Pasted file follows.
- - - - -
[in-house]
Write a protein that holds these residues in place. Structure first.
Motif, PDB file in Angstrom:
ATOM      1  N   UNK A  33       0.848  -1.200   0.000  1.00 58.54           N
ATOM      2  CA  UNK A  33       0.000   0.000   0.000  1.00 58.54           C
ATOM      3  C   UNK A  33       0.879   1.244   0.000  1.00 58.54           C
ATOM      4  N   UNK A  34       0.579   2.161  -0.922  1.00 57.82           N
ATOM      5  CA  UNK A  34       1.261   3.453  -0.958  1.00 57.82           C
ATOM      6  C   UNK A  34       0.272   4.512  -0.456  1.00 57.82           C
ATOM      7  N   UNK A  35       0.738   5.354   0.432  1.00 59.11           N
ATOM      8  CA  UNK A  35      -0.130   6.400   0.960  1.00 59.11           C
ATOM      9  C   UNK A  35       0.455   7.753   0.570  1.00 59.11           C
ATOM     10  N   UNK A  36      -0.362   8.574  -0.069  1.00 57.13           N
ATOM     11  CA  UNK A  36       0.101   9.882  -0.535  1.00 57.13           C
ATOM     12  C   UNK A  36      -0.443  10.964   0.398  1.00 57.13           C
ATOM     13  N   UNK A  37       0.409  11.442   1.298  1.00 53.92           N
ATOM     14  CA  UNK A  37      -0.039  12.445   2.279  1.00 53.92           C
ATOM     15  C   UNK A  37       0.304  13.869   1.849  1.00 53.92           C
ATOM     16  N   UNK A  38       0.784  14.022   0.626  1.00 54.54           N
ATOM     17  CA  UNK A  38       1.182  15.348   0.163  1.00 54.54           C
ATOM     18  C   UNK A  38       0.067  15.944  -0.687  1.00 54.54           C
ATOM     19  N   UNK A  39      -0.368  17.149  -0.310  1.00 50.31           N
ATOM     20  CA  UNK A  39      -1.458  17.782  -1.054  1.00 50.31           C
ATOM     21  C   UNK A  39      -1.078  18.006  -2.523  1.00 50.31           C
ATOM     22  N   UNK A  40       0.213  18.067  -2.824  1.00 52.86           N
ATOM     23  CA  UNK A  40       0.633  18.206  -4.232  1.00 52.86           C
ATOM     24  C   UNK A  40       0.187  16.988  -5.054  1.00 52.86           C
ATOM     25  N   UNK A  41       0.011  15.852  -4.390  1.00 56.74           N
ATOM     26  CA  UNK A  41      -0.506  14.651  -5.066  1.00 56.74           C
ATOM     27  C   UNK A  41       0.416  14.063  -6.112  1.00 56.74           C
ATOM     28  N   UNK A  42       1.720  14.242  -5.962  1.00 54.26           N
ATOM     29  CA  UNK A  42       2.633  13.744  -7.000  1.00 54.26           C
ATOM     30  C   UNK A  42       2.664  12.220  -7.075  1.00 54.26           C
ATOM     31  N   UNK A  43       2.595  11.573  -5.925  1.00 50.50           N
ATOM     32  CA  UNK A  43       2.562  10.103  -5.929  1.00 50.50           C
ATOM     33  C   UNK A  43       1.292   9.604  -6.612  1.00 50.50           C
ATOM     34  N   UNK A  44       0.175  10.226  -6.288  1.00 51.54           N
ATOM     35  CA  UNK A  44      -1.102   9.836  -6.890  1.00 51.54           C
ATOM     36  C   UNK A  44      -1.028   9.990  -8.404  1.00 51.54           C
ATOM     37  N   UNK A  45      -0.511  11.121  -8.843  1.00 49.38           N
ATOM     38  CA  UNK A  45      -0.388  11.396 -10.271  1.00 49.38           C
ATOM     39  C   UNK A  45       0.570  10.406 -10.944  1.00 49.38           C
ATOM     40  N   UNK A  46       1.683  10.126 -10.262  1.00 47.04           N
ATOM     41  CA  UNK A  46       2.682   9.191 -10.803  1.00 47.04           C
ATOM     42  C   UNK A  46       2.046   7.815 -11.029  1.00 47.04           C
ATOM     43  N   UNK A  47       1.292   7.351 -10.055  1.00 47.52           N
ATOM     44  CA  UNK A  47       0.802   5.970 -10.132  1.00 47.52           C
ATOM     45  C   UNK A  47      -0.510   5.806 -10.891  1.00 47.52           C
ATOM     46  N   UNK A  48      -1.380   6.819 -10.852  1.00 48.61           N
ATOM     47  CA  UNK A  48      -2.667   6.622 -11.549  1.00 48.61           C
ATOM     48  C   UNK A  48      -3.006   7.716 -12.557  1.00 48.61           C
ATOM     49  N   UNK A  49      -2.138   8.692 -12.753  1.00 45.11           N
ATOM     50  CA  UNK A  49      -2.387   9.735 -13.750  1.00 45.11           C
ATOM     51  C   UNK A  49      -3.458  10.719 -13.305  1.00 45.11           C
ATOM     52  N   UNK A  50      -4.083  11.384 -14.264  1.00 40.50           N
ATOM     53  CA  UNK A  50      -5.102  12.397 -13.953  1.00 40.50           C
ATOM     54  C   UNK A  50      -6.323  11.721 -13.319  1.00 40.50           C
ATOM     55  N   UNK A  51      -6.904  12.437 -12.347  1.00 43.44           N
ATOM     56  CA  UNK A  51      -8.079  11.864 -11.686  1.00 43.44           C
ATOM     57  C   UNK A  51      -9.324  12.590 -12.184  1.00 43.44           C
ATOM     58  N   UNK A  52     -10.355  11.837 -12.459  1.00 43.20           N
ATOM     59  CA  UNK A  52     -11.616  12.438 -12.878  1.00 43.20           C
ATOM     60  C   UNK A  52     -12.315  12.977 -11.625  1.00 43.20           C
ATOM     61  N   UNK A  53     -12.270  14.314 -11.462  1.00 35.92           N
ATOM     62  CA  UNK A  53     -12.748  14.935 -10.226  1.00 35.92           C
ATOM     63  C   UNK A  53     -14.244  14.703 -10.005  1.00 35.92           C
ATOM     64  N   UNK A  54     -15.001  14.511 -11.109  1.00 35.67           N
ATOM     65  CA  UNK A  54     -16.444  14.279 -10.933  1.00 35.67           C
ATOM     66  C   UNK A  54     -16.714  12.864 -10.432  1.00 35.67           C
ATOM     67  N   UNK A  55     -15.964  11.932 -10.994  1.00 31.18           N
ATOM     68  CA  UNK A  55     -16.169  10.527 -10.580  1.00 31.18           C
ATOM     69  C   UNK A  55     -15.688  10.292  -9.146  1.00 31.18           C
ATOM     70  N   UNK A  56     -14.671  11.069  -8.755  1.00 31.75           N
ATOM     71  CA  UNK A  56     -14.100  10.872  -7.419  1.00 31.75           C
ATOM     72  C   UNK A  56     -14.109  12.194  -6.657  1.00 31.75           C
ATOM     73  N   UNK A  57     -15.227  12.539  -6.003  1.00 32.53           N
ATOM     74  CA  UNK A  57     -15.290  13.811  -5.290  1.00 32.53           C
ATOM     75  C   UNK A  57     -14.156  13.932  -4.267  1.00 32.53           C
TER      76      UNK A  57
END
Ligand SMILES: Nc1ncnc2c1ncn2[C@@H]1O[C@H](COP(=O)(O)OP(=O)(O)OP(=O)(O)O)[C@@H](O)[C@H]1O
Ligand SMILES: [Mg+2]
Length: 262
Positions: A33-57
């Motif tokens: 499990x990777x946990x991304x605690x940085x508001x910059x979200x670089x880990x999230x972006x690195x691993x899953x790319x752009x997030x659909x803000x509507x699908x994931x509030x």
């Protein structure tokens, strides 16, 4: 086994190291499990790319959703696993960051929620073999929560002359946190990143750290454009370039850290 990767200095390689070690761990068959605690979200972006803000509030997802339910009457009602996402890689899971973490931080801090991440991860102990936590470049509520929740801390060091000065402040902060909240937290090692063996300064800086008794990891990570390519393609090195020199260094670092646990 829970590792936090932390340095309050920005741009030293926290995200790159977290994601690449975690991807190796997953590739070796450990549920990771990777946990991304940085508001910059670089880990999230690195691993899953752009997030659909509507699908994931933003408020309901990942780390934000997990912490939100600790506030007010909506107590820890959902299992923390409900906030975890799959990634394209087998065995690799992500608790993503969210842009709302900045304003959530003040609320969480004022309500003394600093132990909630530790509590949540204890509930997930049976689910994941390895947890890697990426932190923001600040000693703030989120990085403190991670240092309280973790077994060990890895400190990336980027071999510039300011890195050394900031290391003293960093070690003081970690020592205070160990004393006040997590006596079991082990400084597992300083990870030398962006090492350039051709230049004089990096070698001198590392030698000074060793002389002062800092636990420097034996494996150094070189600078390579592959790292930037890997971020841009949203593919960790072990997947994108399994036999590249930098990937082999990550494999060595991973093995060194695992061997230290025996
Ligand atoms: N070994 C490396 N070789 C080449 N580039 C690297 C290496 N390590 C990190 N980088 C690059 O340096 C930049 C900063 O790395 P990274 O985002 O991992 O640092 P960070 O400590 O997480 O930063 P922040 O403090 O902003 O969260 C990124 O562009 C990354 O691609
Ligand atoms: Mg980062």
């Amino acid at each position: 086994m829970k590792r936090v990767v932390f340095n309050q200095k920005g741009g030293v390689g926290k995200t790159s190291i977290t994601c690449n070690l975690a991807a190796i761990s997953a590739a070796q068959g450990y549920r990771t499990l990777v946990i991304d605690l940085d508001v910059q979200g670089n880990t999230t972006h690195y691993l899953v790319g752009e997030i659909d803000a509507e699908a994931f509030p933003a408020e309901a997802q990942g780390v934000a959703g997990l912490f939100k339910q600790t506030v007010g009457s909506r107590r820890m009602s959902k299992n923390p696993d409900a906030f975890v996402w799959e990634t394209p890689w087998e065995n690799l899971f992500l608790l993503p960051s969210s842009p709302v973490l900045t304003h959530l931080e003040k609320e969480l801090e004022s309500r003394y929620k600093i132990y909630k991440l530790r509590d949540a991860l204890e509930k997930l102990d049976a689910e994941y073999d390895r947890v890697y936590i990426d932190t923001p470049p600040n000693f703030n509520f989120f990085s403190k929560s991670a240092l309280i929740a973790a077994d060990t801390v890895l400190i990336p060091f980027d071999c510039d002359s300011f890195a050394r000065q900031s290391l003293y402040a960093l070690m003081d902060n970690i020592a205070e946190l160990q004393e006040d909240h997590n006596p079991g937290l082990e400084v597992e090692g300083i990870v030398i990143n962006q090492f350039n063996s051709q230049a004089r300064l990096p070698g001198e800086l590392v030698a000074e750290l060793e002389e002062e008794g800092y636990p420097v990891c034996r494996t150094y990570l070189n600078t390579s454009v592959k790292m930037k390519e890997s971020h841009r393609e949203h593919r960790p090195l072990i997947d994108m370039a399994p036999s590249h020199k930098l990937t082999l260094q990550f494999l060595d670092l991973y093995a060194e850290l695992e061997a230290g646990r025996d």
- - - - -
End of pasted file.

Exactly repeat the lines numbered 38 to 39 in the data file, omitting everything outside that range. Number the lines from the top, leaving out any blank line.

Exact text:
ATOM     35  CA  UNK A  44      -1.102   9.836  -6.890  1.00 51.54           C
ATOM     36  C   UNK A  44      -1.028   9.990  -8.404  1.00 51.54           C